The instructor should supply you with a curriculum that explains what you and your dog will learn during your class. The list can include a wide variety of behaviors such as sit, down, come, leash-walking, polite greetings to humans, wait or stay, touch, trade, leave it, go-to-your-mat, settle, and maybe some tricks and cognition games to keep it light and remind everyone that training is supposed to be fun!

What to Expect in a Dog-Training Class

Whether it’s a puppy kindergarten or adult-dog class, the first session is often an orientation, with dogs left at home. This is so your trainer can talk to you without distractions – so human students can focus on what she’s saying rather than worrying about what their dogs are doing.

The instructor will probably have a dog with her to demonstrate the first-week basic behaviors that she’ll want you to practice with your dog. If she’s a clicker trainer she may hand out clickers and have you do some exercises with them to start practicing your clicker skills.

The instructor will also share tips on what kind of treats to use and how many to bring to class, and give you the lowdown on important information: what to do when you arrive the following week with your dog, where and when to enter and exit the training space, and to avoid letting dogs interact on leashes.

Finally, there should be ample time for discussion and questions. This is your opportunity to ask about anything you don’t understand or have concerns about. Be sure to take advantage of this!

Before your next class, practice the behaviors that the instructor demonstrated – and not just once! Practice several times a day with your dog, for even just two to three minutes at a time. The more you practice, the easier the next class will be for both of you. Because, for your second class, anticipate chaos. This is an exciting time for dogs and their humans! Some dogs may be quite aroused by the proximity of other dogs; there could be some (or a lot of) barking until everyone settles. Humans are likely to be surprised, stressed and/or embarrassed by their dogs’ behavior and/or vocalizing.

You may want to leave your dog in the car while you carry in any equipment you bring with you, so you can keep your full attention on your dog when you bring him in. Keep his leash short as you enter the training facility and have a generous handful of high-value treats (such as roasted or canned chicken, cut or shredded into tiny bits) to hold in front of his nose as you pass by the others, to keep him focused on you and behaving reasonably well.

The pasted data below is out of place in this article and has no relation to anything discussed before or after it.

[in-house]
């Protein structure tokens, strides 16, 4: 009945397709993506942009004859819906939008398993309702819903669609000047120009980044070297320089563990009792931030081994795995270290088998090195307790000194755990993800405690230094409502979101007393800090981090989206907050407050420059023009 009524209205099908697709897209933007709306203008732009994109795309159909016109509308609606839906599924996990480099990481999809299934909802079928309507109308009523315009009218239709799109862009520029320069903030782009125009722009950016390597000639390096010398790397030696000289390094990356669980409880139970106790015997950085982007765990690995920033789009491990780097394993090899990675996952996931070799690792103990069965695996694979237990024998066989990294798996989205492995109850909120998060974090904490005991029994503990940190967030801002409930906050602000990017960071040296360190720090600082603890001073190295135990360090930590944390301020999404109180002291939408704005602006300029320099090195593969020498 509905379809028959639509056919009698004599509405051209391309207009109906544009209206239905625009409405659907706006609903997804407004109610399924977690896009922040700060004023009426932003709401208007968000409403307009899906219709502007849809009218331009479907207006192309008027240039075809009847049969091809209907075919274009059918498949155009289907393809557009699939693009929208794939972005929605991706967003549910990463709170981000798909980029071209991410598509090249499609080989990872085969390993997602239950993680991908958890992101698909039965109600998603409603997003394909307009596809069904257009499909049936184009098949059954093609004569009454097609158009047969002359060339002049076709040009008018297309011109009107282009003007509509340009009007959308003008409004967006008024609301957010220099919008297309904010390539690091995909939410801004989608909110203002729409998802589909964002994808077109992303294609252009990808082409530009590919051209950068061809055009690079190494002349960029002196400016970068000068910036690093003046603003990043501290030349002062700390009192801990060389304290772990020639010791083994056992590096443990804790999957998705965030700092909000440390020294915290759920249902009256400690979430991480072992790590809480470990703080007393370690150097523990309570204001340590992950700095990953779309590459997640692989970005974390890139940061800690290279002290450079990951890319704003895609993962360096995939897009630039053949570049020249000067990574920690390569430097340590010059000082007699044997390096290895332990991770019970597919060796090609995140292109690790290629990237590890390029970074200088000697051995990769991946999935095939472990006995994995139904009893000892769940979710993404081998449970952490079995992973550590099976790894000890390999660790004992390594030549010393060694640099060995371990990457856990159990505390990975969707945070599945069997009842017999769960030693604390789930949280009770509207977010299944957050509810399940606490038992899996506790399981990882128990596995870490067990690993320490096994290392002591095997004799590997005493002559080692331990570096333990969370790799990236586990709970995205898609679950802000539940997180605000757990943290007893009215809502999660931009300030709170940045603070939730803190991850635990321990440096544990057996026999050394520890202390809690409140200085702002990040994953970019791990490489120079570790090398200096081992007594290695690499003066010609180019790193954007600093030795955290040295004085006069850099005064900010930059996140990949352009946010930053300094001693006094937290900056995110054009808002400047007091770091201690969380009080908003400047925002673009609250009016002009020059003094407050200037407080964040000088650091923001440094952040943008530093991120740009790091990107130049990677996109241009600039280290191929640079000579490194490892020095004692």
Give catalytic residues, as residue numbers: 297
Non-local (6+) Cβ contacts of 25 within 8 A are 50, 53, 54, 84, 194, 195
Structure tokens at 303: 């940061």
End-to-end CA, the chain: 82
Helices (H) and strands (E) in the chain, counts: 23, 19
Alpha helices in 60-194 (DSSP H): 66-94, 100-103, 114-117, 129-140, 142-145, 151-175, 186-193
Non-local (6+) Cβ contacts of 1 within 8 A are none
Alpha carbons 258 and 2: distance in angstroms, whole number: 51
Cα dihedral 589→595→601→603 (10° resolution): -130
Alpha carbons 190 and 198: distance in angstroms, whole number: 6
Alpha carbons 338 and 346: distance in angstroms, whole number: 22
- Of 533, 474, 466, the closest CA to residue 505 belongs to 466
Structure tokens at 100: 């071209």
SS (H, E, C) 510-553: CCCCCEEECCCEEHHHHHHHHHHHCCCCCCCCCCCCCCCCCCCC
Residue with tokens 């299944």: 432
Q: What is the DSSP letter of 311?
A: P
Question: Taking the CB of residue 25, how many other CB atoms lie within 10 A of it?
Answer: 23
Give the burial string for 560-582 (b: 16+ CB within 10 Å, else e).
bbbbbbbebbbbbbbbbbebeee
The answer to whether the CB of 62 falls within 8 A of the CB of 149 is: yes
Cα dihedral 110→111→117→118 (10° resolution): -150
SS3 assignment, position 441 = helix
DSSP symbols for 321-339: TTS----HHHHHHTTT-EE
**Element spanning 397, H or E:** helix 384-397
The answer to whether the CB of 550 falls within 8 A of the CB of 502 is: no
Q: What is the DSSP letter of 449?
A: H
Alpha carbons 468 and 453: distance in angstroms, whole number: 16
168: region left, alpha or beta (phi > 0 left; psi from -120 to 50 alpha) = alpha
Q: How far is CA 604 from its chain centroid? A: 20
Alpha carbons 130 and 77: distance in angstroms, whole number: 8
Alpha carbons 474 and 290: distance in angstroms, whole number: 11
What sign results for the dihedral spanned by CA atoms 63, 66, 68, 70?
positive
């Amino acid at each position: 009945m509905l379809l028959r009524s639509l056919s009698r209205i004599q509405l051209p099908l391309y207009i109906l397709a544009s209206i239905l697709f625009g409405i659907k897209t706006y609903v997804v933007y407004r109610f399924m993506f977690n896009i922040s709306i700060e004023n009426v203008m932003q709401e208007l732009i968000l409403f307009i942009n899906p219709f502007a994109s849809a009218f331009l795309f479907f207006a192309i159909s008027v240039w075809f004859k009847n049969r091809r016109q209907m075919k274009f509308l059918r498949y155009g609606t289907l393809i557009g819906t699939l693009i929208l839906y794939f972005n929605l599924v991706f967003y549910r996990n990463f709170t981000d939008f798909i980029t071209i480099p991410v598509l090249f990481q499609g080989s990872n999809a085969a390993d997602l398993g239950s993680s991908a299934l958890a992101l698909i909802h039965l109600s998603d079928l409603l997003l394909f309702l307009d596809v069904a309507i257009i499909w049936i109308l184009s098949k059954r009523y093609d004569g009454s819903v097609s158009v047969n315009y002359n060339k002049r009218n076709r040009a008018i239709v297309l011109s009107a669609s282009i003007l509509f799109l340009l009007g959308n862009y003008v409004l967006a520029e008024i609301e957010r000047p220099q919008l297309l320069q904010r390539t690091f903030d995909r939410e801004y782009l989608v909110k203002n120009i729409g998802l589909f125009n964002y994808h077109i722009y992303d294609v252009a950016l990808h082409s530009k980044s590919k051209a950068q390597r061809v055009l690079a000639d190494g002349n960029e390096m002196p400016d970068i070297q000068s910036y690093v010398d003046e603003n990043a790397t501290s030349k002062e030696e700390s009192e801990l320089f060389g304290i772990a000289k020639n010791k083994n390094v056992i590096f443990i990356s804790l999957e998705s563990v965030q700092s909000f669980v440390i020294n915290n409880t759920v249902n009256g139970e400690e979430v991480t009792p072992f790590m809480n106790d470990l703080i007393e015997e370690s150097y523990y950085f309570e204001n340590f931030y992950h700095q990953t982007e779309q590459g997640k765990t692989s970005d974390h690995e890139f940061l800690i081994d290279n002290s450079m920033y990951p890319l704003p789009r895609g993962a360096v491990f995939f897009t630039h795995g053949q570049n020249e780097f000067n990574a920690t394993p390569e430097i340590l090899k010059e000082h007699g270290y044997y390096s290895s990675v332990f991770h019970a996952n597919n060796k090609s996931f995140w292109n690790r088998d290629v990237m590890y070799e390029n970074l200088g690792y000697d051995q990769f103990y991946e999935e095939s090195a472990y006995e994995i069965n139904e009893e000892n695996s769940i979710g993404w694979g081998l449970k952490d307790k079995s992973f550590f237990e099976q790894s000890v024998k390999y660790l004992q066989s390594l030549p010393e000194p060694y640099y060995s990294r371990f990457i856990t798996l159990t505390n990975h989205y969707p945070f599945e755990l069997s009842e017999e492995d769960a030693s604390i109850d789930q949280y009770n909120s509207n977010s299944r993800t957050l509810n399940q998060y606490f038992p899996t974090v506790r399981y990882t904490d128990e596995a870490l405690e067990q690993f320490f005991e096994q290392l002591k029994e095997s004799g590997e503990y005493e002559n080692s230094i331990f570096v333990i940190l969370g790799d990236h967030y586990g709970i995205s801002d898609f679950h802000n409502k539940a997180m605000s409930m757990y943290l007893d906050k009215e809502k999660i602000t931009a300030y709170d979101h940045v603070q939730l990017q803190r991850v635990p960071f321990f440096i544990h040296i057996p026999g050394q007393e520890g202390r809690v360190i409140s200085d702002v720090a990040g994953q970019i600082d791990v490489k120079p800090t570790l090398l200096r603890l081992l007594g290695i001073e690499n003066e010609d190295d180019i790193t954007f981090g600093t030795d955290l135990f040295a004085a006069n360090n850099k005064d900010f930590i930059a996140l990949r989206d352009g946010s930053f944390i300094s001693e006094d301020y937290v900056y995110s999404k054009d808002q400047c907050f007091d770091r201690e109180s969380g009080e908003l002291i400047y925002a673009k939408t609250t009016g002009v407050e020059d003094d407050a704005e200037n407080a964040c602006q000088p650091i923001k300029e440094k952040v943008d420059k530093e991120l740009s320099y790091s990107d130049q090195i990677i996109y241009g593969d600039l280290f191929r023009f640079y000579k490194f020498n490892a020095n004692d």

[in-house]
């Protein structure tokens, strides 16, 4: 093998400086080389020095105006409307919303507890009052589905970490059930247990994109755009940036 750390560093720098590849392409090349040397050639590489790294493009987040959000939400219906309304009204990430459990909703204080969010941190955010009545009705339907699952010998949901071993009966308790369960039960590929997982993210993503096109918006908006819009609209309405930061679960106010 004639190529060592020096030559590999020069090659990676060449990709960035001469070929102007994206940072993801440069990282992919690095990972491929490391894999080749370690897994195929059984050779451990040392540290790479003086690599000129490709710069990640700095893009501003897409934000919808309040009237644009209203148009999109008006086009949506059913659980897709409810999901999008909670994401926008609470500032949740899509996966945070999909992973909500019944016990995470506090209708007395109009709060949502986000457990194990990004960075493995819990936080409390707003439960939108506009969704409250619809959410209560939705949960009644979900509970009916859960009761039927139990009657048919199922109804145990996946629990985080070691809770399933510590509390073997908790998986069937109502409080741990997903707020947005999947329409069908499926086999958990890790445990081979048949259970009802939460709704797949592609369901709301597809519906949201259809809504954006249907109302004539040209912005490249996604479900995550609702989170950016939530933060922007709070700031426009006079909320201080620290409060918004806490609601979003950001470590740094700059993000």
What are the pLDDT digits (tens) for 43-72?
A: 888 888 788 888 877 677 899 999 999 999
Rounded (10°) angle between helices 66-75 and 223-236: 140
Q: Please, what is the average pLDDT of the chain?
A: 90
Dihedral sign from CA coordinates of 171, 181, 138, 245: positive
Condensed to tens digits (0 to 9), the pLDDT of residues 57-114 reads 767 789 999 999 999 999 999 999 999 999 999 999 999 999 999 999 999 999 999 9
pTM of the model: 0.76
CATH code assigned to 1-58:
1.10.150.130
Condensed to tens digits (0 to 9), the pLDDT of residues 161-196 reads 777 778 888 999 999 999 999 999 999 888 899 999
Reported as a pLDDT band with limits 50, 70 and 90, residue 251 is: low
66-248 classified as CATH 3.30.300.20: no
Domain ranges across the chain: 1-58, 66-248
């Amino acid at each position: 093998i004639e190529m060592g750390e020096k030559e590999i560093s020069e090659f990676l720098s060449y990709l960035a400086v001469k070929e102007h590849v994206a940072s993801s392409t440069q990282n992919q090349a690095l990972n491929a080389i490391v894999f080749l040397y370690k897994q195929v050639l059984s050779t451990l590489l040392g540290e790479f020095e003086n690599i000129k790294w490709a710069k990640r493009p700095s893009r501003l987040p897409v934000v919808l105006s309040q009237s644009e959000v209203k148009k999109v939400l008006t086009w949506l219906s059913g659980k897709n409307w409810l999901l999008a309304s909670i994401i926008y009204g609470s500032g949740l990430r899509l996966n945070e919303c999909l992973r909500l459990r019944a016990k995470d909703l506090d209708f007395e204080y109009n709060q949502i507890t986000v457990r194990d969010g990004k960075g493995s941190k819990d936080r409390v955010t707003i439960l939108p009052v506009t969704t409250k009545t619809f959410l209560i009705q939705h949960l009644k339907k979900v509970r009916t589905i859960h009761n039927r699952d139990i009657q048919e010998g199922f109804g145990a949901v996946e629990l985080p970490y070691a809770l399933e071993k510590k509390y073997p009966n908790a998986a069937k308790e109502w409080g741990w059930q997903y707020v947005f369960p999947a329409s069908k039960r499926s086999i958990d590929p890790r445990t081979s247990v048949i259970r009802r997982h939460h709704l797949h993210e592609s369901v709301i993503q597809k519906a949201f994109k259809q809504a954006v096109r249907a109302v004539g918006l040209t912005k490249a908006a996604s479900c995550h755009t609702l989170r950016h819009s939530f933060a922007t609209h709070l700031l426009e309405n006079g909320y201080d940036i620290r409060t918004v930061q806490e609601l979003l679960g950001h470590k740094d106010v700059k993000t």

Some trainers provide “alcoves” – training spaces with barriers between you and the other dogs to reduce visual stimuli and help everyone settle down. Over time, the barriers are removed so you and your dog can learn how to work in proximity to other dogs and their humans.

Find your training space and help your dog settle on his mat. You can drop several treats on the ground in front of his nose and use a “kissing” noise to get his attention. When he starts to focus on you, practice a few of the behaviors you’ve been working on. This helps get his brain in training mode and helps you both be ready when the instructor starts the class.

Continuing Education

When you and your dog have graduated from your puppy kindergarten or “basic good manners” class, you’ll find that there are many options for your dog’s continuing education. It’s not too soon to start thinking about what you might want to do with him next: more advanced training for faster and more reliable responses or off-leash work? Perhaps a therapy dog preparation class, or beginning-level instruction in a canine sport such as agility, flyball, nosework, or musical freestyle?

As you can see, you have many options. The important thing is, if you’re new to the wonderful world of dogs, there is lots of help available for you as a beginner. Please take wise advantage of those resources so you and your dog can successfully build your lifetime partnership together.

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WDJ's Training Editor Pat Miller, CBCC-KA, CPDT-KA, grew up in a family that was blessed with lots of animal companions: dogs, cats, horses, rabbits, goats, and more, and has maintained that model ever since. She spent the first 20 years of her professional life working at the Marin Humane Society in Marin County, California, for most of that time as a humane officer and director of operations. She continually studied the art and science of dog training and behavior during that time, and in 1996, left MHS to start her own training and behavior business, Peaceable Paws. Pat has earned a number of titles from various training organizations, including Certified Behavior Consultant Canine-Knowledge Assessed (CBCC-KA) and Certified Professional Dog Trainer - Knowledge Assessed (CPDT-KA). She also founded Peaceable Paws Academies for teaching and credentialing dog training and behavior professionals, who can earn "Pat Miller Certified Trainer" certifications. She and her husband Paul and an ever-changing number of dogs, horses, and other animal companions live on their 80-acre farm in Fairplay, Maryland.